The Bat Computer

During a recent guest appearance on a Rogue Women Writers virtual event, I was asked about my background as a commander of special investigations and forensics in my former police agency. The question regarded public misconceptions about criminal investigations—especially as they pertain to forensic science.

I immediately had a recollection from back in my days as a rookie cop. A homeowner had called the police to report that his house had been egged. He told me he expected me to make an arrest shortly.

Had he caught the crime in progress on video? No.

Had he taken down a license plate as the getaway car screeched away? No.

Had the perpetrators left a note containing a confession? No.

How did he expect me to rush right out and slap cuffs on the offenders? Simple. He had preserved trace evidence for me to collect and send to the lab.

He escorted me around to the side of the house, where he had cordoned off the crime scene with traffic cones and string. I glanced down to see a cluster of broken eggshells lying in the grass. He had cleaned up the other residue but had made sure to leave this section undisturbed. His theory was that I would perform a two-phase analysis. First, I would dust some of the shells for latent fingerprints. Then, I would send the remaining fragments to the forensic lab to extract residual DNA, garnering a match from our database.

I had to explain to him that (1) there was no reason to believe any bodily fluids or hairs containing DNA would be present on the eggs; (2) the kit I had available at the time for latent evidence collection would likely destroy the prints. This would necessitate sending the broken bits to the lab, where more sophisticated equipment—like an electrostatic lifter—could be used. (3) With the backlog in cases, only felonies were being examined by overworked lab techs. And finally, (4) even if we managed to obtain a print or DNA, the perpetrators were almost certainly kids and police were prohibited from maintaining a database of juvenile fingerprints unless they had been charged with—and convicted of—a felony. In other words, the eggshells were not going to lead to the immediate arrest.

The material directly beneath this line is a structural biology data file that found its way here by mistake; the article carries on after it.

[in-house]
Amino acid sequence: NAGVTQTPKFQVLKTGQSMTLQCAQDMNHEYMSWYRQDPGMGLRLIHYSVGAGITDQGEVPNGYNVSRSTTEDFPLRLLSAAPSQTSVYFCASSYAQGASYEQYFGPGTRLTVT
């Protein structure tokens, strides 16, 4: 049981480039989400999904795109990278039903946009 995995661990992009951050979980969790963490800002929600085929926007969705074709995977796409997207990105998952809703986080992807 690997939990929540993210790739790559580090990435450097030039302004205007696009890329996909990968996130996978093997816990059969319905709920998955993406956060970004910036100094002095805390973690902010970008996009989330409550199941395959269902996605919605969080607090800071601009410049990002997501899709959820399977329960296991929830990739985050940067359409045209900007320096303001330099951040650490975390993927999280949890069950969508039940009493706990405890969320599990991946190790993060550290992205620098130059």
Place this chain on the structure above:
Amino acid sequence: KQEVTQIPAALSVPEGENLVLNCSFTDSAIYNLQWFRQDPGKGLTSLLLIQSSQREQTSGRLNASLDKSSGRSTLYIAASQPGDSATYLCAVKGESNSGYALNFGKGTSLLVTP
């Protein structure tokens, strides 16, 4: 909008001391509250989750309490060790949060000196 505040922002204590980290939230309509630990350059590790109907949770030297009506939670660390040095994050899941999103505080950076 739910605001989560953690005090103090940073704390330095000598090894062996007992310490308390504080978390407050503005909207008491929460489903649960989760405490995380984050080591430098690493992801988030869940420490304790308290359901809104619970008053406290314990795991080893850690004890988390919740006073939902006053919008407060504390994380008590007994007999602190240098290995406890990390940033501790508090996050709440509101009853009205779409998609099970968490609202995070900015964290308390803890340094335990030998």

This public mindset was to play itself out on a larger scale during the infamous Beltway Sniper case several years later. One of the victims was killed in my department’s jurisdiction, and our agency joined the task force. At that point in my career, I oversaw the public information office, and fielded questions about how we were conducting our investigation.

Some were baffled we couldn’t make an arrest in short order. Surely, between trace evidence left at each scene, taunting messages left for the police, and databases maintained by law enforcement containing scads of information about various known criminals, we should have been able to put a name to the perpetrator within a day or two.

This is what I refer to as the “Bat Computer Phenomenon.” I will date myself by revisiting the original vintage Batman TV show starring Adam West. When the baddie du jour was terrorizing Gotham, Batman would enter data collected by police into the Bat Computer. After a few flashing lights and buzzes, the computer would spit out a strip of paper. As his sidekick Robin looked on in breathless anticipation, Batman would snatch the readout and announce the name of the perpetrator.